Secondly... yes, but also yes.  There's a few reasons why this does make sense .. While the NFL did of course exist before the super bowl, it was a very very different league. especially early- on it was fledgling, it was second rate compared to college football. The AFL/NFL merger and the Super Bowl IS the modern era of the NFL.  The NFL championships before that would be akin to an NFC championship now, so its not really fair to say the providence steamrollers accomplished the same thing that the new england patriots did.  NBA and ABA merger added a handful of teams, so the pre-merger teams were still the NBA. But the AFL/NFL was a true merger, it basically created a NEW league.  The NFL had strong established branding so they went with that name instead of creating a new name, but the league almost doubled in size. They could easily have merged the NFL and AFL into a new brand say the United Football League. So its really a totally different new league that began in 1966 or 1970 however you want to look at it.   Also, baseball does the same thing with their pre-world series history.Its the modern era of MLB, so its not really fair to consider the pre-world series and pre-super bowl leagues as the same. 

 

The Super Bowl could use a BETTER standard logo, but they have the right idea-- create a consistent brand.  I'm actually surprised so many of the logo-nuts on these boards are against that.  Yes the yearly changes were fun but would we accept a watering down of a brand by changing logos every year in anything else?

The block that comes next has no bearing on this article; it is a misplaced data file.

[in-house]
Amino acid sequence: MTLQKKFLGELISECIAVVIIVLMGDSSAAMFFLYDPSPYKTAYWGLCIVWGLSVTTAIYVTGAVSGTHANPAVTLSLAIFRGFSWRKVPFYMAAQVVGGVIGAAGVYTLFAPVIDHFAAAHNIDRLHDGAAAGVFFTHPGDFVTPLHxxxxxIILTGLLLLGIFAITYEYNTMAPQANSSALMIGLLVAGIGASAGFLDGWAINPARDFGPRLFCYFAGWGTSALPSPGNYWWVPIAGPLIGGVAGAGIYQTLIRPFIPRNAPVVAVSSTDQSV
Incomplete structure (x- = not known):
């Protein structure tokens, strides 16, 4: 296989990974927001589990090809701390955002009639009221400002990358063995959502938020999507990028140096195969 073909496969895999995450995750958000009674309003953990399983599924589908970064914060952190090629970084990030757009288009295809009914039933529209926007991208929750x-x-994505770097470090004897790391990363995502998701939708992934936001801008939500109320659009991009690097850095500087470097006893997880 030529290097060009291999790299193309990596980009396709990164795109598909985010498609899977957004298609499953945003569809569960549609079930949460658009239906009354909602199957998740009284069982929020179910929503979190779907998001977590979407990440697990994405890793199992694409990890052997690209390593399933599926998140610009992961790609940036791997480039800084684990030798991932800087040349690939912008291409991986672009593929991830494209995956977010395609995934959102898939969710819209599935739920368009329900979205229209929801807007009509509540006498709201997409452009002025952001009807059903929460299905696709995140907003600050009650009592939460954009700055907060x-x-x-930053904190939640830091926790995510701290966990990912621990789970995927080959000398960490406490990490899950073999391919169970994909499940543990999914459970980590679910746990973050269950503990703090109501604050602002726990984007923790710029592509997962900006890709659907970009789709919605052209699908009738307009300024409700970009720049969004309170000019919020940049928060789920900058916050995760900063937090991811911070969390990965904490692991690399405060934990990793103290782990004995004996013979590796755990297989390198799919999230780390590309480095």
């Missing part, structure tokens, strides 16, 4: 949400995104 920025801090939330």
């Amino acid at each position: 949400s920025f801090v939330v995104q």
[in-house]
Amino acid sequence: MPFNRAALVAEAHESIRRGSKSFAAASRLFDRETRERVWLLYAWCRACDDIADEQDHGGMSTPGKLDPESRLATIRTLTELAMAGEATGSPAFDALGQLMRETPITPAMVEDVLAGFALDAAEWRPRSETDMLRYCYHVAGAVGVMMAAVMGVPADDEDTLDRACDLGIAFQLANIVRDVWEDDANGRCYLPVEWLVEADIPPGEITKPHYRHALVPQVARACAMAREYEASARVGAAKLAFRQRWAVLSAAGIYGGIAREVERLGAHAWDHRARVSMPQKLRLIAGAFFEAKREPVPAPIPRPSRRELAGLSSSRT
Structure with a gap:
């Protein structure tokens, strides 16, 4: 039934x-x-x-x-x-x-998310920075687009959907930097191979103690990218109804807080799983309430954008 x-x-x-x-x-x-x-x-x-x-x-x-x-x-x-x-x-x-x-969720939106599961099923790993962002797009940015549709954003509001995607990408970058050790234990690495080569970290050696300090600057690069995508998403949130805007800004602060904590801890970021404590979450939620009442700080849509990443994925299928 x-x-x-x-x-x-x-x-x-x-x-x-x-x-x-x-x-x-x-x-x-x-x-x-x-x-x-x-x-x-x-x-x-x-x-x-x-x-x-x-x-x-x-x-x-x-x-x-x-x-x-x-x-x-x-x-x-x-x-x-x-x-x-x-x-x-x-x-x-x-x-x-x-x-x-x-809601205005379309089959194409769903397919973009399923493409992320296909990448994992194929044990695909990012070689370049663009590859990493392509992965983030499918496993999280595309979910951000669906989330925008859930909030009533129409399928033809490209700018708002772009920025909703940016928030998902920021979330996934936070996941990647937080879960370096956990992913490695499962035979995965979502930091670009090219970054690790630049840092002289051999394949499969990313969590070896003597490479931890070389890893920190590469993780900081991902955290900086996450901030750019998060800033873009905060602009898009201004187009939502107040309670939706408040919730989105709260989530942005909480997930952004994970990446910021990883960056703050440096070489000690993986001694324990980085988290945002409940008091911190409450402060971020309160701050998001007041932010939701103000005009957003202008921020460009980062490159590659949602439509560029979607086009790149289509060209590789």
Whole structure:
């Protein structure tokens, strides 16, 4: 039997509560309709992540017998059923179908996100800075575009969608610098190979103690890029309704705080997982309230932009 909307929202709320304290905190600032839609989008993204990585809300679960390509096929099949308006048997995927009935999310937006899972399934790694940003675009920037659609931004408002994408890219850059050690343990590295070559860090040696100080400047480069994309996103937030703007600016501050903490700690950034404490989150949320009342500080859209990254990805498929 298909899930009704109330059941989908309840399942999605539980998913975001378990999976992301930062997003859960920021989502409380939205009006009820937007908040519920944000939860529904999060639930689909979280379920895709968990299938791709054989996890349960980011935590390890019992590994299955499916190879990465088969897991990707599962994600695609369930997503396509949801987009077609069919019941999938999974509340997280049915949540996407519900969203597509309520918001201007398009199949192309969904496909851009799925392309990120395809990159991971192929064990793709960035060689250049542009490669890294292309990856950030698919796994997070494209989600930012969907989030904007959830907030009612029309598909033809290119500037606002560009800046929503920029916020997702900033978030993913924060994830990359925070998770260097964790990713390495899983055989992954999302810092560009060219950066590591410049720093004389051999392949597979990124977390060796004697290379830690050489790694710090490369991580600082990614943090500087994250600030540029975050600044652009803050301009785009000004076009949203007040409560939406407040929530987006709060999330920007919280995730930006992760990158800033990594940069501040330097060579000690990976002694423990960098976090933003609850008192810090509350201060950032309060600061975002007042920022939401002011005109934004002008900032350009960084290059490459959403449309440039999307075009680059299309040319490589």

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The Super Bowl has been the most watched telecast almost every year for decades. They don't need to add 'brand awareness' to get people to know what it is. Overseas, maybe yes. But then the NFL could just call it the "Super Bowl" with one single marketing logo for international broadcasts where maybe Roman Numerals aren't as widely known or understood.

 

The part that seems lost in this is the fans of teams who DID make a Super Bowl love buying that year's Super Bowl gear. No matter how gaudy. But when it's the exact same, or nearly the exact same, it starts to lose its intrigue.

 

What the NFL is doing to the Super Bowl is akin to UFC's numbering system. Does anyone really remember with any specificity what happened in each one or have a particularly relevant memory that correlates with remembering the exact number? It becomes superfluous.

 

If somebody asks me about Super Bowl '42' in conversation, I can immediately picture it. If somebody asks me about the 2013 World Series I don't have a clue. Or the 1999 Stanley Cup Finals. The NFL had created an indelible image for each Super Bowl as its own individual event. What the Super Bowl is becoming, or wants to become, is a wash of everything that happened but generally unrecognizable from another.

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I'd laugh if they used the ode English method of writing out Roman numerals and brand the one after as Super Bowl LIIII!

 

(Mockups welcome! ?)

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On 1/31/2018 at 9:14 PM, Sykotyk said:

The part that seems lost in this is the fans of teams who DID make a Super Bowl love buying that year's Super Bowl gear. No matter how gaudy. But when it's the exact same, or nearly the exact same, it starts to lose its intrigue.

I'd argue that fans of teams who WON a Super Bowl love buying that year's gear. I don't own squat from Super Bowl XXXII (maybe a program)?